The Magazine

An English Chill

Rediscovering the ghost stories of M. R. James.

Mar 18, 2013, Vol. 18, No. 26 • By SARA LODGE
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Every Christmas Eve, M. R. James (1862-1936), the celebrated scholar of medieval literature and provost of King’s College, Cambridge, enacted a strange ritual. After participating in the Christmas service at King’s College Chapel—that miracle of 15th-century Gothic architecture whose soaring vaulted ceiling resembles vast skeletal hands clasped overhead—he repaired with a select group of scholars to his college room. Spiced ale and wine were quaffed as they settled by the fireside. Then all the candles but one were snuffed out. And James began to read from a handwritten paper: his latest tale of supernatural terror.

M.R. James, ca. 1900

M.R. James, ca. 1900


James understood, you see, the vital importance of atmosphere to the ghost story: the necessity of the reader to not be entirely in control of the effect that it might have upon him; the unnerving possibilities of a placid, jog-trot domestic setting occupied by a scholarly figure—not the type to let his imagination run wild—whose research brings upon him something indistinctly visible but palpably evil: a buried violence that erupts into the present with undiminished rage.

American readers are likely to be less familiar with Montague Rhodes James than they are with Edgar Allan Poe or Ambrose Bierce. Yet his tales richly repay reading, not only for the shivers they induce, but for what they reveal about the British sensibility. What frightens us is a vital indication of our character, a clue to our dangerous desires as well as to the defenses we establish to repress them. In M. R. James’s work, the overriding fear and desire is that the past is not over—that it is still moving, swarming under the sheets of consciousness, in the books and buried objects we daily disturb. In a letter, James marveled that the ink of some medieval missals was “as black & the staves as fresh as if they had been laid on yesterday, and yet hundreds of years have passed since they laid down the pen.” The imminence of the past overtakes his fictional protagonists, too—often with the force of a blow to the head.

James grew up in a very devout family: His scholarly father was an Anglican clergyman in the parish of Livermere in Suffolk. As a child, Monty was preoccupied by imagined visions of the Last Judgment, and this interest in apocalypse and divine retribution would become an adult research interest: James specialized in biblical apocrypha. His home life seems to have been relatively happy, but when he was sent, aged 11, to board at a preparatory school, which led to Eton—the most famous, and perhaps fearsome, of English public schools—he would have experienced the exquisite torments of ragging (physical japes that might turn violent) and fagging (acting as a servant to older boys). Letters home confess that he cried in bed every night.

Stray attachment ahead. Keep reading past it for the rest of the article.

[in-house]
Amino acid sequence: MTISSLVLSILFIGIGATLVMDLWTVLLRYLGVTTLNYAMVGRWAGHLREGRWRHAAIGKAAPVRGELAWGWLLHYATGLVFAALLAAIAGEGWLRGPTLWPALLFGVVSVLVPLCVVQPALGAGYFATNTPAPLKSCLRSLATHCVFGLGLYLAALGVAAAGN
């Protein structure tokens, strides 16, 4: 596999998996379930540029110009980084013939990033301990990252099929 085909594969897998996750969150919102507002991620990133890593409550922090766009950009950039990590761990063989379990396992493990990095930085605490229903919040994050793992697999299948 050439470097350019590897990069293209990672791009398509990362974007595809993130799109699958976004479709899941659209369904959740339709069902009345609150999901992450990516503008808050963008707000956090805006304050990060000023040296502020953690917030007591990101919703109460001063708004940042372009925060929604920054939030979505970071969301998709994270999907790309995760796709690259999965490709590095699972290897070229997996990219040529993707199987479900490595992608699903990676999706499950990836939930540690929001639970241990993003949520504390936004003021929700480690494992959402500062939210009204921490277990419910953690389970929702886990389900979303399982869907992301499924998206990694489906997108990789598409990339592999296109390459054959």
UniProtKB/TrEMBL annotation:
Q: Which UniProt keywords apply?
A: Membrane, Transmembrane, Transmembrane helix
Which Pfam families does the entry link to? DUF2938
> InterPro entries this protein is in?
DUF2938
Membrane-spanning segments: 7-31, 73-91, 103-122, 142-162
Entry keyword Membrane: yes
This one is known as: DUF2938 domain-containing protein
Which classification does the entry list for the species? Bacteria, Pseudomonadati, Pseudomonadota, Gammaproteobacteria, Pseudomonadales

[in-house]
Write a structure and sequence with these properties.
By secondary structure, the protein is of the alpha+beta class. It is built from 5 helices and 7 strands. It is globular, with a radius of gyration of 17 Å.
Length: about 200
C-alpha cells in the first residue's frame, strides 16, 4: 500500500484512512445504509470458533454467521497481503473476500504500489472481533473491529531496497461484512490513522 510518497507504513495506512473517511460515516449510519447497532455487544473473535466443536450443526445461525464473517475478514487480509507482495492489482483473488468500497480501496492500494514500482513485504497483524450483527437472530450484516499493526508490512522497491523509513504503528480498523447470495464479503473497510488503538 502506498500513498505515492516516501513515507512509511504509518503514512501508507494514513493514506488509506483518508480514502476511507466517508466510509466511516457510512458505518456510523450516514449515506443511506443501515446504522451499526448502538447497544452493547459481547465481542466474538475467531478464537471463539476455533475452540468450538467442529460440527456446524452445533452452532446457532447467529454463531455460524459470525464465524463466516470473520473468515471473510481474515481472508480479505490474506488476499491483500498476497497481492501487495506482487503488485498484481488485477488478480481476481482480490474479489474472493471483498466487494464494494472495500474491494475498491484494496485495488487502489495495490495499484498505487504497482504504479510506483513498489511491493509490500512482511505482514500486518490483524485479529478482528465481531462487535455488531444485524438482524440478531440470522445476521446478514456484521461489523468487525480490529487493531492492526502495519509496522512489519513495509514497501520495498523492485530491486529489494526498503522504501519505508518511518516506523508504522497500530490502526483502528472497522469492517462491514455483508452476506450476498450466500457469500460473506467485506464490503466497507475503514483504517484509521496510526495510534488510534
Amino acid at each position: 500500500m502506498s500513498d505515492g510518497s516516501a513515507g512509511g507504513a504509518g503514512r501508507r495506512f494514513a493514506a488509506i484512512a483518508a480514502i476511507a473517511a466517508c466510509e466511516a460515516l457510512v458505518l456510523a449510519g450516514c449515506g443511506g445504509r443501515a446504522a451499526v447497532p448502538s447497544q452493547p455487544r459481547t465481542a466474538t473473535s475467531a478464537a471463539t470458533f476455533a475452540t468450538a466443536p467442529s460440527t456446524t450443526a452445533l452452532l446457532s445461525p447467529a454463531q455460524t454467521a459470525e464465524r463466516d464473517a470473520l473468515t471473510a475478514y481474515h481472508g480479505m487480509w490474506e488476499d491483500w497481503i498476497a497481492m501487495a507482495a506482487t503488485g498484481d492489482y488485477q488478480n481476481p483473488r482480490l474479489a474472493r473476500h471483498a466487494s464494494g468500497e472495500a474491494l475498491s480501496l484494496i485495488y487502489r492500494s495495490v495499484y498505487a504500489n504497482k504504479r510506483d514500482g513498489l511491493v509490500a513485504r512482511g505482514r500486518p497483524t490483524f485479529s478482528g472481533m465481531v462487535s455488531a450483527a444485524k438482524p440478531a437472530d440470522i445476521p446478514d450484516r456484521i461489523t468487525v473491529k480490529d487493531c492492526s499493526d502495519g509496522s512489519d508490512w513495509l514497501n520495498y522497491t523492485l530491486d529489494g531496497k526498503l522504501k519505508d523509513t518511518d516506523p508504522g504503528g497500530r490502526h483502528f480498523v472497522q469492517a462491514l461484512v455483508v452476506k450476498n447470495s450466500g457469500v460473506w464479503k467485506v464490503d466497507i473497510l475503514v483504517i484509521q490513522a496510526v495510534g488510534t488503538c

To the modern eye, it seems as if James, at first an unwilling prisoner in the all-male educational enclave, became so institutionalized that he never left. At Cambridge, he moved seamlessly from being a student, to becoming a fellow, and then provost. After World War I, he returned to Eton to become provost there. James’s ghost stories belong to the same cloistered environment he inhabited, of lone male archivists whose inwardness arouses both our sympathy and our suspicion. The shadowy yet vicious horrors that stalk them are creepier for the fact that they emanate ambiguously from outside their sheltered lives, or from within.

In “Rats,” for example, Mr. Thomson, a Cambridge scholar, is staying at an old inn in Suffolk. His landlords treat him with warm hospitality. It is spring, an unusually warm and sunny April, and Mr. Thomson reads in the mornings and later goes out walking for the good of his health. But one afternoon, he does not go out walking: He reads on. So do we. Alone in the establishment, Mr. Thomson decides to take a look around the unoccupied rooms on his floor. Three are unremarkable. The fourth is locked. Idly curious, Mr. Thomson tries the key of a neighboring room and it fits. Inside, the floor is bare; there is only an iron bed with a mattress and a bluish check counterpane:

As featureless a room as you can well imagine, and yet there was something that made Thomson close the door very quickly and yet quietly behind him and lean against the window-sill in the passage, actually quivering all over. It was this, that under the counterpane someone lay, and not only lay, but stirred. That it was some one and not some thing was certain, because the shape of a head was unmistakeable on the bolster; and yet it was all covered, and no one lies with covered head but a dead person; and this was not dead, not truly dead, for it heaved and shivered.

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